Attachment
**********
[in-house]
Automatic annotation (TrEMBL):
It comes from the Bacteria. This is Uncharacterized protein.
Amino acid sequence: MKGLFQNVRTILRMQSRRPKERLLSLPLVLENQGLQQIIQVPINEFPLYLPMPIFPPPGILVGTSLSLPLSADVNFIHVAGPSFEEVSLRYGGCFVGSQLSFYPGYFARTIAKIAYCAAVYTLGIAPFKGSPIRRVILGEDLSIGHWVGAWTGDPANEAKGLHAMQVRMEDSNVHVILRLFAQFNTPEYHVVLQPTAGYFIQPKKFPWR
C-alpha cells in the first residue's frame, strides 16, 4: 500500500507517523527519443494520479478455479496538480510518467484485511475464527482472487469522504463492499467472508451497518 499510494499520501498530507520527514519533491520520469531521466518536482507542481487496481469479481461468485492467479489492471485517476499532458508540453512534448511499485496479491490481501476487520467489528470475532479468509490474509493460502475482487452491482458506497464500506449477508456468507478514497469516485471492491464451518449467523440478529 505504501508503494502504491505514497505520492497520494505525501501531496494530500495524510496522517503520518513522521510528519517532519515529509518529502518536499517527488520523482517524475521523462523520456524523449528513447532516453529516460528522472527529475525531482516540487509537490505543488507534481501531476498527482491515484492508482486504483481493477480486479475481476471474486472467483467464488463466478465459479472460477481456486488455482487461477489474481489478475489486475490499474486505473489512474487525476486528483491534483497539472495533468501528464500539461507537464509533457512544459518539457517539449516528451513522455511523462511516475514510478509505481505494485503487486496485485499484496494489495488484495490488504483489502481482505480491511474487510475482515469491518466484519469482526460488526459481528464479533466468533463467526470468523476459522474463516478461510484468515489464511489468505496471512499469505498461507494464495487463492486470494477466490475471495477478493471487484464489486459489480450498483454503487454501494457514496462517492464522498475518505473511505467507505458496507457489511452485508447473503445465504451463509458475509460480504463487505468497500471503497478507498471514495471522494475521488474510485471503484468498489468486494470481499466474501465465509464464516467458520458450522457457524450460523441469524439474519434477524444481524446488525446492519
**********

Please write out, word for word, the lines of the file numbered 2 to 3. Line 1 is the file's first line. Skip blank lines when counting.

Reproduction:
Automatic annotation (TrEMBL):
It comes from the Bacteria. This is Uncharacterized protein.